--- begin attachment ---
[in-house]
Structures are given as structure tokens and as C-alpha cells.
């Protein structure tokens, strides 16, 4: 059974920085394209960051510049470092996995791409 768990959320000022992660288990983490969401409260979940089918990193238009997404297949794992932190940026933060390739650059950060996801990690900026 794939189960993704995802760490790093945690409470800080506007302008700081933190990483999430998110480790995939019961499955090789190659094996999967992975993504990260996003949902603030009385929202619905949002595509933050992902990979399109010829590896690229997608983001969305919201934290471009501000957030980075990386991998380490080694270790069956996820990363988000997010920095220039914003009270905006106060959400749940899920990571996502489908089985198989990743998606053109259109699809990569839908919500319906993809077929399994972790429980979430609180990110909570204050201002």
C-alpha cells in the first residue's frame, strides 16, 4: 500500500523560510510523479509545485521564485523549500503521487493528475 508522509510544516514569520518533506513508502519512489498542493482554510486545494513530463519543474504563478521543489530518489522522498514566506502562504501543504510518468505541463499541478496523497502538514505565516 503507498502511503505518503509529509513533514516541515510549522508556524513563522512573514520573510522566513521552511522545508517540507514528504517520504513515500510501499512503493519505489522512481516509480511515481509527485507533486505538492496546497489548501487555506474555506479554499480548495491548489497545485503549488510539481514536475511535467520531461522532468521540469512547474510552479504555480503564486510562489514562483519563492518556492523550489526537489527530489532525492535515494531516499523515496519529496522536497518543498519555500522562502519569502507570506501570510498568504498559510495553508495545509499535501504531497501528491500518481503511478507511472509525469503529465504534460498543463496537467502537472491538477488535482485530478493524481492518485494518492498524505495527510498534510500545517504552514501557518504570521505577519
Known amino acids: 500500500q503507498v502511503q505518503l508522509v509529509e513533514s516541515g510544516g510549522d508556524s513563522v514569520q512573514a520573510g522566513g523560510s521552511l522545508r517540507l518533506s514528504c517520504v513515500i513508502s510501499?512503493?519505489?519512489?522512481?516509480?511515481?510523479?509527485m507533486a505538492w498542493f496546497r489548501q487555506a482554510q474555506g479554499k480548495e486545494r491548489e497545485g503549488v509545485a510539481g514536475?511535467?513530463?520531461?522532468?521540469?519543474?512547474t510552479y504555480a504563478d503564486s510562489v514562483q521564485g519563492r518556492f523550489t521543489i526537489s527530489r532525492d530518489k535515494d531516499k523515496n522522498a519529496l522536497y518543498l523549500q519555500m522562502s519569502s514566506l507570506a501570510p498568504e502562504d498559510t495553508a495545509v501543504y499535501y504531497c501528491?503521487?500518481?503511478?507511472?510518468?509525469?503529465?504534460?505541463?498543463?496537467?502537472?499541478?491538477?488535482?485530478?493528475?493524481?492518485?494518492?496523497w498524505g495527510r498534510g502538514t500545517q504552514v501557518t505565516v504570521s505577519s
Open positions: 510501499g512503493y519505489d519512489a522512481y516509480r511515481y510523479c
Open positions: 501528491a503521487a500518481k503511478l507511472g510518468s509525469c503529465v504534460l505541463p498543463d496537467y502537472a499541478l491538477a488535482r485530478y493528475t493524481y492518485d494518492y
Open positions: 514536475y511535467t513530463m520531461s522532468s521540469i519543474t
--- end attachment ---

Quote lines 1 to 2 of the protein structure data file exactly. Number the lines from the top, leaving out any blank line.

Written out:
[in-house]
Structures are given as structure tokens and as C-alpha cells.